In reality, it is smart to have a “buddy program” for all new hires at your company, not just veterans. But if veterans are a focus for your organization, a program of this sort will help in retention dramatically.

3. Have clear career progression at your company.

Veterans are used to having a very structured path to “moving up the ladder” as it relates to career advancement. In the military, there are clear objectives that need to be accomplished to move up in rank and responsibility, and it makes sense to mimic that process at your organization.

First off, this is going to make veterans more comfortable. But, more than that, it is a good idea for all employees to understand the standards that will provide advancement opportunities.

And please don’t just take my word as fact. LinkedIn’s data shows the number one reason people leave their job is for career advancement. By providing a clear path to advancement, you will retain your employees longer, veteran or civilian.

4. Train hiring managers on best practices for hiring veterans.

The fact is veterans have different resumes and often speak a different language than the average candidate (learn more about that in my previous article here). By training your hiring managers to really know how to read a veteran’s resume and to ask the right questions, you avoid an unconscious bias against them that often exists in the hiring process.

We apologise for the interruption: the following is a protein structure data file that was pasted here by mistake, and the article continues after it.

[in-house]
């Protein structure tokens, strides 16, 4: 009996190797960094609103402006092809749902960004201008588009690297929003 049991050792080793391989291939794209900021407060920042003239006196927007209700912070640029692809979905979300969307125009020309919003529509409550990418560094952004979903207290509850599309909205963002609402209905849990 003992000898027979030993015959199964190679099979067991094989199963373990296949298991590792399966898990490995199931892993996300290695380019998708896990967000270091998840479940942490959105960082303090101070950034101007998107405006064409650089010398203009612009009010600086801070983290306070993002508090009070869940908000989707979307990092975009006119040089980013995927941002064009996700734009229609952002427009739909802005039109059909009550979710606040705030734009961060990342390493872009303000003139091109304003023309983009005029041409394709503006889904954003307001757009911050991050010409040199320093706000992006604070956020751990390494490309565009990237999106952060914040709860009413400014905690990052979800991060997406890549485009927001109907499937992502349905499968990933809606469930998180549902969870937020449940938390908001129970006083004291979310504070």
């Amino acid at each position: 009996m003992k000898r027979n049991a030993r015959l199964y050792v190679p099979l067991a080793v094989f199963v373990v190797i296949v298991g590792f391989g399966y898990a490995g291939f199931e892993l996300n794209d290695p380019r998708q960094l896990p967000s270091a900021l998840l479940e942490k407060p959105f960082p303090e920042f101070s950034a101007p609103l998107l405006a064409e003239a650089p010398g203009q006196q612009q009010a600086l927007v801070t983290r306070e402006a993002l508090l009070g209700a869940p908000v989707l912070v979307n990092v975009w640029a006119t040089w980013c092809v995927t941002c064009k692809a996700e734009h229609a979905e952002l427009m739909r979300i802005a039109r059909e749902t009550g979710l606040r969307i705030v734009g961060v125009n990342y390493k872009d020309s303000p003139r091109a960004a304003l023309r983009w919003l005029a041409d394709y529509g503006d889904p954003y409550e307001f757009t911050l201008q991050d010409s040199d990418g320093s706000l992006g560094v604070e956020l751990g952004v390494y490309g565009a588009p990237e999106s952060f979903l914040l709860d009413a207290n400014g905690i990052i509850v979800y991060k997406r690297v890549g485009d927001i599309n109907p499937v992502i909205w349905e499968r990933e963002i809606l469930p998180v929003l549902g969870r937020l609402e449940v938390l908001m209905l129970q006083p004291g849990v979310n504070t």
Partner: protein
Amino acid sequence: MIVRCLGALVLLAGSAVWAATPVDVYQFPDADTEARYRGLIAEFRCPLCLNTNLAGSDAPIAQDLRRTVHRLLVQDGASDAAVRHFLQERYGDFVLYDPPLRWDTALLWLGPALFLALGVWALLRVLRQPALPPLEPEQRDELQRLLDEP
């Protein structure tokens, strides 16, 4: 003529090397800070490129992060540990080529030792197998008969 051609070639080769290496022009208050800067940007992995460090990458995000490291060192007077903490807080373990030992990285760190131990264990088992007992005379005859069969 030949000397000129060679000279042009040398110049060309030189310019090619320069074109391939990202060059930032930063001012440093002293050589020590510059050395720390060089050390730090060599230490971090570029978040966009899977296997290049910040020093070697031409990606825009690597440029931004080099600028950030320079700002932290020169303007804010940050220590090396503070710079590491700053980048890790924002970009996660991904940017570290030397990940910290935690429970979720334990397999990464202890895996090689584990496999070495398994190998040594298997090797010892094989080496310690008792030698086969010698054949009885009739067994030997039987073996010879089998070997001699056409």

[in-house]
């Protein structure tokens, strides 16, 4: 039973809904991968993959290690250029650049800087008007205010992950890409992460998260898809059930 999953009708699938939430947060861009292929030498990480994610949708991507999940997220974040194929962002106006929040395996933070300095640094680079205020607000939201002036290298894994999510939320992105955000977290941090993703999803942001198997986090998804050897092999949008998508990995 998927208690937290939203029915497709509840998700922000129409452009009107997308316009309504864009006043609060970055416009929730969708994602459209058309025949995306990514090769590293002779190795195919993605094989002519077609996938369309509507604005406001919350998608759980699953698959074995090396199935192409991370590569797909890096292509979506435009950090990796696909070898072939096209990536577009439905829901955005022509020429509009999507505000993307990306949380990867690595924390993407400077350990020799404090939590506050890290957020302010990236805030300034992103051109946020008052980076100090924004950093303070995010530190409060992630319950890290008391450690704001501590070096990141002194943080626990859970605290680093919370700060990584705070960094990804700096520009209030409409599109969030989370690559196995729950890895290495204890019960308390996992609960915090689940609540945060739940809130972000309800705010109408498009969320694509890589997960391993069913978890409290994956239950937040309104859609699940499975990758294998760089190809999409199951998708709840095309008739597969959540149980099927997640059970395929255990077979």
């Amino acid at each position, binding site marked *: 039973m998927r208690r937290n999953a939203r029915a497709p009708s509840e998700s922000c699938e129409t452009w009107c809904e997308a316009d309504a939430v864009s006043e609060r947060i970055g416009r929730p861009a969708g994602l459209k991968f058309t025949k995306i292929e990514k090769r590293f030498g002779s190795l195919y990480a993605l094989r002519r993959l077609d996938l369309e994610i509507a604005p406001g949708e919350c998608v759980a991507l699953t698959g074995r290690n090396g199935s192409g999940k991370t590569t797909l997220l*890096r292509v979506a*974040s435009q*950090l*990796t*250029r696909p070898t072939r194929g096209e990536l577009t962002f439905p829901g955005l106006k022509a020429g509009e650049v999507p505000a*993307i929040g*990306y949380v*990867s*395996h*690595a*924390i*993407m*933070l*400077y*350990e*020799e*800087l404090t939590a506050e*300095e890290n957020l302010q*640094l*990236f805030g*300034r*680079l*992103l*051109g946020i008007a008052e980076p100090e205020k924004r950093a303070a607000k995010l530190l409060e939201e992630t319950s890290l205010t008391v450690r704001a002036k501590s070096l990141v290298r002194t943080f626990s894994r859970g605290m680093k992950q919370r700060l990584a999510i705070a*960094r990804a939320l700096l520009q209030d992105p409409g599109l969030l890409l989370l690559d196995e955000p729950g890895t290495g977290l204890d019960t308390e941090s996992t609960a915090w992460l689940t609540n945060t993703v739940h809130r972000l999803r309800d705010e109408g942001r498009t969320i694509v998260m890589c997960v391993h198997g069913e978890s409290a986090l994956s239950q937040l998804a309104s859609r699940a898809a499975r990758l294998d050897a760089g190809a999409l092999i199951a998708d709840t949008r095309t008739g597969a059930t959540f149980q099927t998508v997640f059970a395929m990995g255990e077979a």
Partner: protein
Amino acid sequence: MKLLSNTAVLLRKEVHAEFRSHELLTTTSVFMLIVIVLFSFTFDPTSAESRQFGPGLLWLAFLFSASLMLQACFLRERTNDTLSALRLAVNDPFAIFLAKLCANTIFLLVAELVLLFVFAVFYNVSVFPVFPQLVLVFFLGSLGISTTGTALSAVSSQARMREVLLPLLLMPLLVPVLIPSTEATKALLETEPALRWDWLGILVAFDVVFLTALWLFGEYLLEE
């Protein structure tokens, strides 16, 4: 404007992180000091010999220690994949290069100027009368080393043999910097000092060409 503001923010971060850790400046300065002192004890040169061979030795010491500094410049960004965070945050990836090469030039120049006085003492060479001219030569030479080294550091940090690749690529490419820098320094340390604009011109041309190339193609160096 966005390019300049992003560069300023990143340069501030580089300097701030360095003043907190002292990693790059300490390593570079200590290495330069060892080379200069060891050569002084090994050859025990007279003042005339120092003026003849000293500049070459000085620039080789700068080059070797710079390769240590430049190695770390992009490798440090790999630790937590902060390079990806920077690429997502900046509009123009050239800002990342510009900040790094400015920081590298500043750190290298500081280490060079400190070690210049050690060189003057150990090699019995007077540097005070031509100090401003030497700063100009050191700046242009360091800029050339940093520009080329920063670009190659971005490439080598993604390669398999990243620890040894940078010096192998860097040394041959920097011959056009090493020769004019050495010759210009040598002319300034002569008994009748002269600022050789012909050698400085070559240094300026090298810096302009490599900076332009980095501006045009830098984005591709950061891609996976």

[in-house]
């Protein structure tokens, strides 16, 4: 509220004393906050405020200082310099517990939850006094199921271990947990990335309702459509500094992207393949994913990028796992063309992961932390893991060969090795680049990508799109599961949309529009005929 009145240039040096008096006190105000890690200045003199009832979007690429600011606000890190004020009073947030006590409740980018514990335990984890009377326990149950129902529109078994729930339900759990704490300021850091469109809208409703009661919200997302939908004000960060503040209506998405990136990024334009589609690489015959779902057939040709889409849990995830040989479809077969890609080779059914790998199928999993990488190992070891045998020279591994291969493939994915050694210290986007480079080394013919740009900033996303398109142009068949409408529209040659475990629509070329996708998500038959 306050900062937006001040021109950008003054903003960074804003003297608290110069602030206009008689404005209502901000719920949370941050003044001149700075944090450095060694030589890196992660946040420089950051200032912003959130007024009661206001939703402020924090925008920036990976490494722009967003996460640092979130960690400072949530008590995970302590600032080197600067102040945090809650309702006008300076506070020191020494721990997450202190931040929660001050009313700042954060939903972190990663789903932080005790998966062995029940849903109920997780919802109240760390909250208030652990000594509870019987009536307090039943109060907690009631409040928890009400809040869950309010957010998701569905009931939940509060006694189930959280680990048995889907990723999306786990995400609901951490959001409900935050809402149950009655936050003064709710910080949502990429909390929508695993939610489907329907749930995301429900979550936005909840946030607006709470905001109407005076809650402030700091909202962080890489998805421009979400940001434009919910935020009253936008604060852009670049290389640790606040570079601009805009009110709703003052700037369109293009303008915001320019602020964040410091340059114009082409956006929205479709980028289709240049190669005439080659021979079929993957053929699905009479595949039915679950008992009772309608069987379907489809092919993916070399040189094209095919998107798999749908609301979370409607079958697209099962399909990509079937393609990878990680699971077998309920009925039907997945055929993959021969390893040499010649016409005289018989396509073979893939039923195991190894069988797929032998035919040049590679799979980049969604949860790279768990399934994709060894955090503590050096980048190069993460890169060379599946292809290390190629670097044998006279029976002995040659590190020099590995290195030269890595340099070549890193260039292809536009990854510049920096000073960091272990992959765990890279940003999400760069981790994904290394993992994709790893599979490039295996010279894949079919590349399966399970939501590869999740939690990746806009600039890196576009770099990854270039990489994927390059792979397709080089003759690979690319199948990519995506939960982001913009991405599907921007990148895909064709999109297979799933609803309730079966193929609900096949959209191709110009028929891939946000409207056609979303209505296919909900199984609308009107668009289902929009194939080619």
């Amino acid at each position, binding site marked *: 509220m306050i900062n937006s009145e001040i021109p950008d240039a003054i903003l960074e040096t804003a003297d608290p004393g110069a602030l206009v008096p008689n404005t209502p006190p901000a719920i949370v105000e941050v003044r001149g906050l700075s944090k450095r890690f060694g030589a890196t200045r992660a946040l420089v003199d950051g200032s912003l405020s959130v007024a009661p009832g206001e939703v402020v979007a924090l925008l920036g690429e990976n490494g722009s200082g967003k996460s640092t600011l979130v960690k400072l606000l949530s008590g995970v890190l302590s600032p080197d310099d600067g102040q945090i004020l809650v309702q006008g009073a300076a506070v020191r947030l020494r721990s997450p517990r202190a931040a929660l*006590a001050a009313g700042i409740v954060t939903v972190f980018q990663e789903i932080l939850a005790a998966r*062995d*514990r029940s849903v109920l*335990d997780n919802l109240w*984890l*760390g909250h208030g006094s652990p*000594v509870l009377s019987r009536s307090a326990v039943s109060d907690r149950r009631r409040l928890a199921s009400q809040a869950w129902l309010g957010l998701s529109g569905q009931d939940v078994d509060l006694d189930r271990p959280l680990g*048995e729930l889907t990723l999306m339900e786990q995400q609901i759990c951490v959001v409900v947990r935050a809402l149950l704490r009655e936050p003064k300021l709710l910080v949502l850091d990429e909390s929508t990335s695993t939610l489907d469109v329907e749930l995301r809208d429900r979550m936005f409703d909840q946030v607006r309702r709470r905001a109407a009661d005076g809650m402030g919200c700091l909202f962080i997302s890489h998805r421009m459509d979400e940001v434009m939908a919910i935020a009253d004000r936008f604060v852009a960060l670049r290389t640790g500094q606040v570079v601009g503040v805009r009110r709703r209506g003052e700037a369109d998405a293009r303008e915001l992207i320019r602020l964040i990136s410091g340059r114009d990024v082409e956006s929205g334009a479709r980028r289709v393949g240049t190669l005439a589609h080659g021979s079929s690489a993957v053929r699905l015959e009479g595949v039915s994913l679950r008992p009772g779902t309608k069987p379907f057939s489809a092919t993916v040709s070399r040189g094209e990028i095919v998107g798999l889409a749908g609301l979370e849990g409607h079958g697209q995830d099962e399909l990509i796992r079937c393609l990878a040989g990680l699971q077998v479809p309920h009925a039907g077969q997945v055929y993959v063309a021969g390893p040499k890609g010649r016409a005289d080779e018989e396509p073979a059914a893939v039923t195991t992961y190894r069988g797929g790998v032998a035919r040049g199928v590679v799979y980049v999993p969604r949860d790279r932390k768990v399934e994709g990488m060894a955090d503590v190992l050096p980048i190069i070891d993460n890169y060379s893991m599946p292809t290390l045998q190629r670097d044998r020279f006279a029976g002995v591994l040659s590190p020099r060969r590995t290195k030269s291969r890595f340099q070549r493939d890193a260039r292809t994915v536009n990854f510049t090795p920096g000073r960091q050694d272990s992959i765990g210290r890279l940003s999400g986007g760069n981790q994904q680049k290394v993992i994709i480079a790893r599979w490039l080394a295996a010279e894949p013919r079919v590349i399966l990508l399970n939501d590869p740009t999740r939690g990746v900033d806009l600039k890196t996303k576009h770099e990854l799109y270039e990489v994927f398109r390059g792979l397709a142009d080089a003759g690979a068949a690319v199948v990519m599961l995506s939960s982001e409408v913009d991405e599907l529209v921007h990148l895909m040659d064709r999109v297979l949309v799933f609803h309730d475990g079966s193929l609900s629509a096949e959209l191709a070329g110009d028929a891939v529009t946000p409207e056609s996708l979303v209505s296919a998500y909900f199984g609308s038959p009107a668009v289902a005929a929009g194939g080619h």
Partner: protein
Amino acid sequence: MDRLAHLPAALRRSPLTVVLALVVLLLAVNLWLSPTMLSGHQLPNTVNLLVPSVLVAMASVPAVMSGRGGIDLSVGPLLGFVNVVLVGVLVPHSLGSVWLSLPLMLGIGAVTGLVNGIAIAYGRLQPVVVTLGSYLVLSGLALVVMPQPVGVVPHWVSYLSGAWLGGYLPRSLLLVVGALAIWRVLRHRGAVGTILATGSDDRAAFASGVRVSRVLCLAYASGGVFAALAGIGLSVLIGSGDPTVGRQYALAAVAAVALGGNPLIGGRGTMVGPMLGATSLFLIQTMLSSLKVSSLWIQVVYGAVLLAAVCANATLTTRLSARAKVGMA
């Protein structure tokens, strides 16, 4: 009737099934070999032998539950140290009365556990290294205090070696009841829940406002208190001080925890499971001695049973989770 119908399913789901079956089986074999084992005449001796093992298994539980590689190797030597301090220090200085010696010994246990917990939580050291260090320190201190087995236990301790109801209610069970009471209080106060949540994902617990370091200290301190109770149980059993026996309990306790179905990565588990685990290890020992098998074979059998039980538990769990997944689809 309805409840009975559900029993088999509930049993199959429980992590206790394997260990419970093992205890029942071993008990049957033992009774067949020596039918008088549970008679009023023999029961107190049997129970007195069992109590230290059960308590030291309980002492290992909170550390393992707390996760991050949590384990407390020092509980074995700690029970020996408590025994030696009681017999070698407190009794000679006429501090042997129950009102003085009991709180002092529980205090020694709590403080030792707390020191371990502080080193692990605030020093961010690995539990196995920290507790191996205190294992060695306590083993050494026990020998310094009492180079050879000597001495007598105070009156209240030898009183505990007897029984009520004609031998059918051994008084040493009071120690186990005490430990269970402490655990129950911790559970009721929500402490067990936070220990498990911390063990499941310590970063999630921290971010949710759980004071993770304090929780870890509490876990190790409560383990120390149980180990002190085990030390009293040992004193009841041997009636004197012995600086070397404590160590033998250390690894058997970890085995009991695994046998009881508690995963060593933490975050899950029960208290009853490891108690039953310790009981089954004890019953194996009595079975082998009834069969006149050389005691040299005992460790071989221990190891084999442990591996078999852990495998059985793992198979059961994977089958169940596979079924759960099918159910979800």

5. Offer scheduling flexibility.

Many veterans have to go to VA (Veteran’s Administration) appointments that are rigidly scheduled. By offering your veteran employees flexible schedules, you ensure your veterans can make those appointments, without having to take time off of work. Little thought of but extremely valuable in the mind of our heroes who need to see the VA for continued care.

Again, this falls under the category of good for everyone, not just veterans. A flexible work schedule is one of the best ways to retain top talent, so a worthy investment that will be particularly appreciated by former members of the armed forces.

6. Reach out to local veteran groups.

In the United States, the Department of Labor has someone responsible for getting veterans hired in every state in the union at our American Job Centers. Specifically, you are looking for the DVOP/LVER who are state employees who’s mission is to assist local veterans in securing employment.

Other resources include Veteran Service Organizations (VSOs), job fairs held by multiple organizations such as my partner, the U.S. Chamber of Commerce’s Hiring Our Heroes, local representatives and more that are committed to getting veterans hired. Plug in with these organizations and let them know you want to hire a veteran. 

That word-of-mouth alone will go a long way to getting more veteran applications and ultimately more veteran employees.

Tying it all together

Looking over the list, the fact is veterans are often looking for the same things other employees want; a clear career path and to know they’re wanted. Doesn’t sound too different from any other population, huh?

Incorporating these six changes won’t cost a lot of money. And, not only will they ensure your company is bringing in more veteran talent, you’ll be more attractive to other prospects as well, and ultimately build a stronger company overall.

*Image from The U.S. Army